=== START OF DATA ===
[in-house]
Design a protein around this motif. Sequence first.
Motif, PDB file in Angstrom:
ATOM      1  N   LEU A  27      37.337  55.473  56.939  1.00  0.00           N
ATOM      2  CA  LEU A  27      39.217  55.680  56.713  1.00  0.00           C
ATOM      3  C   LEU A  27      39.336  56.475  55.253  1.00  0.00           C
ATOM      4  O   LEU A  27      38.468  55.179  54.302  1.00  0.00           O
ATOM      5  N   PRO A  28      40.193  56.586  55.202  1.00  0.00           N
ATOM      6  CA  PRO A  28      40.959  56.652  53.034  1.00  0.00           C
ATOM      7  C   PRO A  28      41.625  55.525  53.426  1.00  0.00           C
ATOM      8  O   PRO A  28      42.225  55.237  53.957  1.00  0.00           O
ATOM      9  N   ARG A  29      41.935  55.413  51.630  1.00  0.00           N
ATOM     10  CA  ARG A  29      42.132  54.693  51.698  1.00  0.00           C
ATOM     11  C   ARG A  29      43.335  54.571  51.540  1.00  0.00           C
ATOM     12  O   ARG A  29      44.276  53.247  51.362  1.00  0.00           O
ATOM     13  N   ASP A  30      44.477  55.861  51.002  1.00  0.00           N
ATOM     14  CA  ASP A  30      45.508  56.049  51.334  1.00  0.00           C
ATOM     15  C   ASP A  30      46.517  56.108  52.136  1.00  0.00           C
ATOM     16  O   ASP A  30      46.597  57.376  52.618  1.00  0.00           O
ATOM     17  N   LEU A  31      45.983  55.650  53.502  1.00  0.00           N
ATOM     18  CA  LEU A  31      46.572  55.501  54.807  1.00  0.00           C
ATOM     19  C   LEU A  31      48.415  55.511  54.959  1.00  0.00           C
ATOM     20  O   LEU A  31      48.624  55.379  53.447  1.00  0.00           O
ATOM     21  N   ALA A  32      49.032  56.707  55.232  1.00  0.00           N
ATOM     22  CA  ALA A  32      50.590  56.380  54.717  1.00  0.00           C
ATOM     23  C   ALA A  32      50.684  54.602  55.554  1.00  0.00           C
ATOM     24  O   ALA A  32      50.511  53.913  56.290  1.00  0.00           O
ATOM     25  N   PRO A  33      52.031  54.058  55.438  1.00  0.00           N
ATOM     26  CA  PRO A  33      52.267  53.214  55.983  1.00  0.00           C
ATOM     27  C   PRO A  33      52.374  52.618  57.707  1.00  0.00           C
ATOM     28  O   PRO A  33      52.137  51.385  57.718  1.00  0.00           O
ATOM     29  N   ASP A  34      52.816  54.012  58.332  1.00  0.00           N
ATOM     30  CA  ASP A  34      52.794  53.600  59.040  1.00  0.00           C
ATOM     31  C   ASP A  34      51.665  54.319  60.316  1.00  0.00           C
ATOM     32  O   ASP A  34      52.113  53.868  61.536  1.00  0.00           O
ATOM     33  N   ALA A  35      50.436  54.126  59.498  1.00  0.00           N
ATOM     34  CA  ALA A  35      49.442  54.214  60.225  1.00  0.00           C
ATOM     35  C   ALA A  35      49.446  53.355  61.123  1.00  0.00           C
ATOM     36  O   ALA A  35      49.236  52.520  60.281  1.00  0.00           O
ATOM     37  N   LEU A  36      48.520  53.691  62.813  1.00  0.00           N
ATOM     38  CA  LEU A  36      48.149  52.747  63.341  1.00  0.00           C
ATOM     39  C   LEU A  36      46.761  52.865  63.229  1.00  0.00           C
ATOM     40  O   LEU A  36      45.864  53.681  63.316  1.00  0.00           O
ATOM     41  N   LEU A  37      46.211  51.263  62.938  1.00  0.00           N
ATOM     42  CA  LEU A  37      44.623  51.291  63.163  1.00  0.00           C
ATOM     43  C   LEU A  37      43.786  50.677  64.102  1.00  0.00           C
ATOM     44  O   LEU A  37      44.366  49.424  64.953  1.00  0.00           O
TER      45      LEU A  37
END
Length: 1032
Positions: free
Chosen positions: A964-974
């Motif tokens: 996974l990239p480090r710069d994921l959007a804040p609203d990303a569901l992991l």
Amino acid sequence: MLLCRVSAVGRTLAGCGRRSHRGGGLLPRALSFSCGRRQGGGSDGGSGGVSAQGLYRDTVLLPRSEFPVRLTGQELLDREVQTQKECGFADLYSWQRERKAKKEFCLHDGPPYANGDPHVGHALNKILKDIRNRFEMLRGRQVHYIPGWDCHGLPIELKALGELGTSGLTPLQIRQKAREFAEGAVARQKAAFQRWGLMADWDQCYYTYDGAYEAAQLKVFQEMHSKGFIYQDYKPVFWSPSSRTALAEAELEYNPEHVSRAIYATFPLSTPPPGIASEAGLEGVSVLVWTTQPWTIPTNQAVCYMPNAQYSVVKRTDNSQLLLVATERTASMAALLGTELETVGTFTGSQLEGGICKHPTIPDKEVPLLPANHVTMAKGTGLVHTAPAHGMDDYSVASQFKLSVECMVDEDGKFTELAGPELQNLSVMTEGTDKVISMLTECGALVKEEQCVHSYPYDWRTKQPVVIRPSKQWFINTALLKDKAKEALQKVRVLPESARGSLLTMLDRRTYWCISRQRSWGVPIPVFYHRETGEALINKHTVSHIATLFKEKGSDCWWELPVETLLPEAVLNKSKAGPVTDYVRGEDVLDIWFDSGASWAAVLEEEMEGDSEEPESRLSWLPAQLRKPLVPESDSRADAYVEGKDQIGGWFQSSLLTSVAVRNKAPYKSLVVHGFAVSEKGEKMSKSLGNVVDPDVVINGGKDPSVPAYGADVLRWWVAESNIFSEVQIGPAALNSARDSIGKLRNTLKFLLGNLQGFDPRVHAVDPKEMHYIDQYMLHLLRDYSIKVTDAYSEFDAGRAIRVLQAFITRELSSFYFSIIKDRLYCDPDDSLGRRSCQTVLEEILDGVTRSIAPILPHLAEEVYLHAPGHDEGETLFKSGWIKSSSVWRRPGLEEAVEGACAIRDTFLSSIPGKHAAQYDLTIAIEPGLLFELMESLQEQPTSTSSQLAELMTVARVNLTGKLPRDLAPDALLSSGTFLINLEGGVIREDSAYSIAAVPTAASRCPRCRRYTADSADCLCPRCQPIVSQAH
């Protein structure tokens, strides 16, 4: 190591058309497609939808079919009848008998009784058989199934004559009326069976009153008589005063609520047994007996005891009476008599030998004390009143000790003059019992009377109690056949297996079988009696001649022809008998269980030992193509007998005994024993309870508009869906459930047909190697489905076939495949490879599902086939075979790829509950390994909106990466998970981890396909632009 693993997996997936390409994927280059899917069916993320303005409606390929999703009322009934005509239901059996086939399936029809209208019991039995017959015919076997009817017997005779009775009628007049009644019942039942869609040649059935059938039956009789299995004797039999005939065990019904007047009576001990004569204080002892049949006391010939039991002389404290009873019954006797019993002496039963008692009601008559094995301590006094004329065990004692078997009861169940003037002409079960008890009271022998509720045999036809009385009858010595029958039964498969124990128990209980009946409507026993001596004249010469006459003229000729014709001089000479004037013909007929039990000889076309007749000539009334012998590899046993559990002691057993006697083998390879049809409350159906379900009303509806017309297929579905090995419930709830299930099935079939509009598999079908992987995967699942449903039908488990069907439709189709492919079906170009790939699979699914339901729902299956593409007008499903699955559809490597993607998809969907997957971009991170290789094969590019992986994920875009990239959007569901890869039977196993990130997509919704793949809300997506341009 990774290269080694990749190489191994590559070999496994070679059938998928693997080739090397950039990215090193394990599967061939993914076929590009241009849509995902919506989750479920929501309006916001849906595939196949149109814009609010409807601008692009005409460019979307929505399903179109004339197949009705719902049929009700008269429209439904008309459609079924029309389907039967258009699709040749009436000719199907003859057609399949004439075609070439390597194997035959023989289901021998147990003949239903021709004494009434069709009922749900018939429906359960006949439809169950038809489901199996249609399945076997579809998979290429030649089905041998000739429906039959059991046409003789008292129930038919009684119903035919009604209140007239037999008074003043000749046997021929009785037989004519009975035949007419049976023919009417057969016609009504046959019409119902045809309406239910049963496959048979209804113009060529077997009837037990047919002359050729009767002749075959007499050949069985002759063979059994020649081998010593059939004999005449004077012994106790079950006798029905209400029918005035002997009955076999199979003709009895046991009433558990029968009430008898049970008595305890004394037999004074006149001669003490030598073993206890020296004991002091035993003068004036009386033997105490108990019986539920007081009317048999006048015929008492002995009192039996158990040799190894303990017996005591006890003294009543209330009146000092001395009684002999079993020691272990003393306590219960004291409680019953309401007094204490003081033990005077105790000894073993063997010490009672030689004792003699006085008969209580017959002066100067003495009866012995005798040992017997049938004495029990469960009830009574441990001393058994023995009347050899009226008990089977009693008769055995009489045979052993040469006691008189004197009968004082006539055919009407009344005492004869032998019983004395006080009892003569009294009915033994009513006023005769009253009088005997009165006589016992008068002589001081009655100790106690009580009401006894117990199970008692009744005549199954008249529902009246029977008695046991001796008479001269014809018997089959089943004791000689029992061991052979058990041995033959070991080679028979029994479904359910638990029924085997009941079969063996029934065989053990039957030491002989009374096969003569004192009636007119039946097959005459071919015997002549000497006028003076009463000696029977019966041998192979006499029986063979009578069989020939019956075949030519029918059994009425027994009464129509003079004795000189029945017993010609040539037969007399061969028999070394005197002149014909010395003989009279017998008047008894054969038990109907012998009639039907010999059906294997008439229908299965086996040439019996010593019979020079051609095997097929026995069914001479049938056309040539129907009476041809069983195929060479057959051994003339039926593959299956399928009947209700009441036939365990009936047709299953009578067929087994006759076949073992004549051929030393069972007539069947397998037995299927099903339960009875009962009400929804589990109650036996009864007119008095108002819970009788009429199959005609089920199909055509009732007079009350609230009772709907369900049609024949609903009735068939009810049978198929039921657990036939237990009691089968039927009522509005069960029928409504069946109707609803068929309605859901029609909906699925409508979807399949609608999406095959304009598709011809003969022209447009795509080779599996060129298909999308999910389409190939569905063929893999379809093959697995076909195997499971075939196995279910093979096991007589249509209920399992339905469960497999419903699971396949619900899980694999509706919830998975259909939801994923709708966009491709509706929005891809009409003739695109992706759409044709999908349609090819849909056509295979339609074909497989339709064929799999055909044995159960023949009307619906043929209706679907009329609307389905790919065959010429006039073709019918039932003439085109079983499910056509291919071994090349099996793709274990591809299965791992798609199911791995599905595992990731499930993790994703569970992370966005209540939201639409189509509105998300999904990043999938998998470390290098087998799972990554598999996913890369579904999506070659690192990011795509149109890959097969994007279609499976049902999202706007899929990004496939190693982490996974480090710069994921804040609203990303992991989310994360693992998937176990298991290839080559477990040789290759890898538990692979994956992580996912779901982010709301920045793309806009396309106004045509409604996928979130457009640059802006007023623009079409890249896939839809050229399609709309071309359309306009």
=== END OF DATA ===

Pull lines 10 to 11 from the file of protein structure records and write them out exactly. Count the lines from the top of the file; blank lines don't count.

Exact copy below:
ATOM      7  C   PRO A  28      41.625  55.525  53.426  1.00  0.00           C
ATOM      8  O   PRO A  28      42.225  55.237  53.957  1.00  0.00           O